Dr. David B. Adams – Psychological Blog

Psychology of Injury, Pain, Anxiety and Depression

The Explosive Patient

An injured worker is verbally abusive and physically threatening to several people. He appeared to have no boundaries. His attorney said he was _psychotically depressed._ However, that is extremely unlikely. Highly probable is that he suffers from longstanding Intermittent Explosive Disorder. This could be determined by determining if he has had recurrent physical confrontations and destruction of property when provoked. Such individuals often have a history of domestic violence recurrently in their lives.

While depressed people can be irritable and overly responsive, and they may even launch into brief verbal tirades for which they feel guilt and remorse, those with intermittent explosive disorder simply do not tolerate disappointment or frustration.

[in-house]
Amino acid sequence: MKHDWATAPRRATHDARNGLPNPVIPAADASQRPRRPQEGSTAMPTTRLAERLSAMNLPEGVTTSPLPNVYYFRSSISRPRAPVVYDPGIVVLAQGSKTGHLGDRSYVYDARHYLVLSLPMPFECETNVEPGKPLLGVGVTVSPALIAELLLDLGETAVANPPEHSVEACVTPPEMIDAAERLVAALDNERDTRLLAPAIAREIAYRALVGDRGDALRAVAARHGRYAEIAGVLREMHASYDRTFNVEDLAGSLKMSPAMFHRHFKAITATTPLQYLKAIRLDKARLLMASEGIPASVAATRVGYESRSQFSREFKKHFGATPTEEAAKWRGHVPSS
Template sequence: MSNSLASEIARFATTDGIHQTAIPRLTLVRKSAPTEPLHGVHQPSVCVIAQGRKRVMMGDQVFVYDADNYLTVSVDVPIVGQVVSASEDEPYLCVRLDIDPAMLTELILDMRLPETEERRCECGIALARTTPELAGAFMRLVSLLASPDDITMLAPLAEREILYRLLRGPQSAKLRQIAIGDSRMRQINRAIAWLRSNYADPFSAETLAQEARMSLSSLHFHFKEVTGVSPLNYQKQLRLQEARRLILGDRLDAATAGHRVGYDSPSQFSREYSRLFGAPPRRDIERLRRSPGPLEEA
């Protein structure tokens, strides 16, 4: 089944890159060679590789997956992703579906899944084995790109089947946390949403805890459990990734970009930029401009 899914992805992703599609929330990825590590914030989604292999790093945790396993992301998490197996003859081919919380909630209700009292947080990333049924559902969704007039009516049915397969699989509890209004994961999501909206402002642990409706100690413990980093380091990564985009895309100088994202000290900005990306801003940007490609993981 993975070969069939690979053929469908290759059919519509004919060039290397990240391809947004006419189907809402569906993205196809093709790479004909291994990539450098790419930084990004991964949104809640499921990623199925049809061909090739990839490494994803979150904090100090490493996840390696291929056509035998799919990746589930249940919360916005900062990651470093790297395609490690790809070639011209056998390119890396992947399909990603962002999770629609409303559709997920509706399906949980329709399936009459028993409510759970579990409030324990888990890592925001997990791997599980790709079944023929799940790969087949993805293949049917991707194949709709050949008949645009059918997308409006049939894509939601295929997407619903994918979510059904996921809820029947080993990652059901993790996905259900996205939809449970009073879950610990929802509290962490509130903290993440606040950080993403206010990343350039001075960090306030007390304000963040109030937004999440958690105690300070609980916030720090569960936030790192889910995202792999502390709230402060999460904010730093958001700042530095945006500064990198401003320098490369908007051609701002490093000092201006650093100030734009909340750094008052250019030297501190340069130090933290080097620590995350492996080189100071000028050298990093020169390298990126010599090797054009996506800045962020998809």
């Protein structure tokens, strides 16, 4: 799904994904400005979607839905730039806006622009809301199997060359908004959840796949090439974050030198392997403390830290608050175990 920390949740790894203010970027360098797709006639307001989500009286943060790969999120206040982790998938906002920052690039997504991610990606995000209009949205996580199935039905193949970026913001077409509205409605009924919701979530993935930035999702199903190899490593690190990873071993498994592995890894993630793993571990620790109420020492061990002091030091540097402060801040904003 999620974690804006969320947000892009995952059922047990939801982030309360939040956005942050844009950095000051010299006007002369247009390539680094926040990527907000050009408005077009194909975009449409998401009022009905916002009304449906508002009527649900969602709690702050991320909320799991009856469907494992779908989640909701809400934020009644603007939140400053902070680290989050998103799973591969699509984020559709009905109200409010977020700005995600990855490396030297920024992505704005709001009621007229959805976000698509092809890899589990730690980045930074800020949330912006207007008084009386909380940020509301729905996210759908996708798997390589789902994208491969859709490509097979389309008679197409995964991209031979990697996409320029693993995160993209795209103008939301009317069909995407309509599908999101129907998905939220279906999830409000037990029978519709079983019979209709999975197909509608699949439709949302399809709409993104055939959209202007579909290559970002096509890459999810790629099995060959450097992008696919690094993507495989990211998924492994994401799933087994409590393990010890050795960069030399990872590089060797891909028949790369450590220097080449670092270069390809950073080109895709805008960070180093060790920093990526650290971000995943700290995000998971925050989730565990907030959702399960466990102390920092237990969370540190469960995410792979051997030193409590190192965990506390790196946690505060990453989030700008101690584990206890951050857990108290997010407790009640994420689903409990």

I have seen this occur when a patient is offered a settlement amount that was not what he expected.

Some patients will attempt to cover their explosiveness and assaultive behaviors by stating _I was depressed_ to avoid responsibility. Also, they may quickly learn that to try to claim it as due from injury may increase the perceived financial value of their claim.

Such patients rarely want to be in a mental hospital and fail to see that this will be the consequences of their aggressiveness. If they are admitted to a hospital with those who are truly ill, they seek rapid release since, for them, it is an unpleasant experience.

The Key Point: Major Depressive Disorder is far different from Intermittent Explosive Disorder.

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